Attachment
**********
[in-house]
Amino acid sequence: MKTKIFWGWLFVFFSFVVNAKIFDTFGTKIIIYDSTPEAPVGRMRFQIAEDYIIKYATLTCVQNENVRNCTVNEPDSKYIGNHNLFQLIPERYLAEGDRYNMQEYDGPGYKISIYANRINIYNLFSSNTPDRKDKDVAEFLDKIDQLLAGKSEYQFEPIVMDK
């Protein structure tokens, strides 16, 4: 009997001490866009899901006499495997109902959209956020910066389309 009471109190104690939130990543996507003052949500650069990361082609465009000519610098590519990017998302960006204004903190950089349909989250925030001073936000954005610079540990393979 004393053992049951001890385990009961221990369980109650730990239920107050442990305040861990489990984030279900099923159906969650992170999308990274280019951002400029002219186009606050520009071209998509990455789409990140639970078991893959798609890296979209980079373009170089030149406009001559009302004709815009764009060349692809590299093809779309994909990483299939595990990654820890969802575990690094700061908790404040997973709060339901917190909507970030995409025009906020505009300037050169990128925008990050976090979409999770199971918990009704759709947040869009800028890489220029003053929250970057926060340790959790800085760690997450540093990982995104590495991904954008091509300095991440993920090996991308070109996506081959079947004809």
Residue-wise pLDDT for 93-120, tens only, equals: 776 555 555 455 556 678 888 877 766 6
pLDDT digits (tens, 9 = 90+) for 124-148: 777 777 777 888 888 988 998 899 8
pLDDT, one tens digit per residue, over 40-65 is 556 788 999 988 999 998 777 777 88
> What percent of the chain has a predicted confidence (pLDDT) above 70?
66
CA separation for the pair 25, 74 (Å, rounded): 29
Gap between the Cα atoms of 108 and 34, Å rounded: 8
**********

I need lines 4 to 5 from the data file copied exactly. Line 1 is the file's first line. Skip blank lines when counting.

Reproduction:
Residue-wise pLDDT for 93-120, tens only, equals: 776 555 555 455 556 678 888 877 766 6
pLDDT digits (tens, 9 = 90+) for 124-148: 777 777 777 888 888 988 998 899 8